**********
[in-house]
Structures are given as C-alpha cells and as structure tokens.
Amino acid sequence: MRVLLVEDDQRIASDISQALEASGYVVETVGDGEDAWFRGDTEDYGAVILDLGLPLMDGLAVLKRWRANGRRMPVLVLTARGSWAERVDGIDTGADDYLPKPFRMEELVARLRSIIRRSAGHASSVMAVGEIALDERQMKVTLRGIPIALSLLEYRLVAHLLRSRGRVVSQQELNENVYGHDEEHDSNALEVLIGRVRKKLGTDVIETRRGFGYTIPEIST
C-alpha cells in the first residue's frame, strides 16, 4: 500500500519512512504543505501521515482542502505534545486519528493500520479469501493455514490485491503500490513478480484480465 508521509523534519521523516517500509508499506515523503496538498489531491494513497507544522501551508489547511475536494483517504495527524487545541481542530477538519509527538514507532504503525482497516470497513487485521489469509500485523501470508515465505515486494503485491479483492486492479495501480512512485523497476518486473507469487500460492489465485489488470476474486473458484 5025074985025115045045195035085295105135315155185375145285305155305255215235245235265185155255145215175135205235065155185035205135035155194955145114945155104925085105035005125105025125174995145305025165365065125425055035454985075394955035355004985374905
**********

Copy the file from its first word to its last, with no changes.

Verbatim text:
[in-house]
Structures are given as C-alpha cells and as structure tokens.
Amino acid sequence: MRVLLVEDDQRIASDISQALEASGYVVETVGDGEDAWFRGDTEDYGAVILDLGLPLMDGLAVLKRWRANGRRMPVLVLTARGSWAERVDGIDTGADDYLPKPFRMEELVARLRSIIRRSAGHASSVMAVGEIALDERQMKVTLRGIPIALSLLEYRLVAHLLRSRGRVVSQQELNENVYGHDEEHDSNALEVLIGRVRKKLGTDVIETRRGFGYTIPEIST
C-alpha cells in the first residue's frame, strides 16, 4: 500500500519512512504543505501521515482542502505534545486519528493500520479469501493455514490485491503500490513478480484480465 508521509523534519521523516517500509508499506515523503496538498489531491494513497507544522501551508489547511475536494483517504495527524487545541481542530477538519509527538514507532504503525482497516470497513487485521489469509500485523501470508515465505515486494503485491479483492486492479495501480512512485523497476518486473507469487500460492489465485489488470476474486473458484 5025074985025115045045195035085295105135315155185375145285305155305255215235245235265185155255145215175135205235065155185035205135035155194955145114945155104925085105035005125105025125174995145305025165365065125425055035454985075394955035355004985374905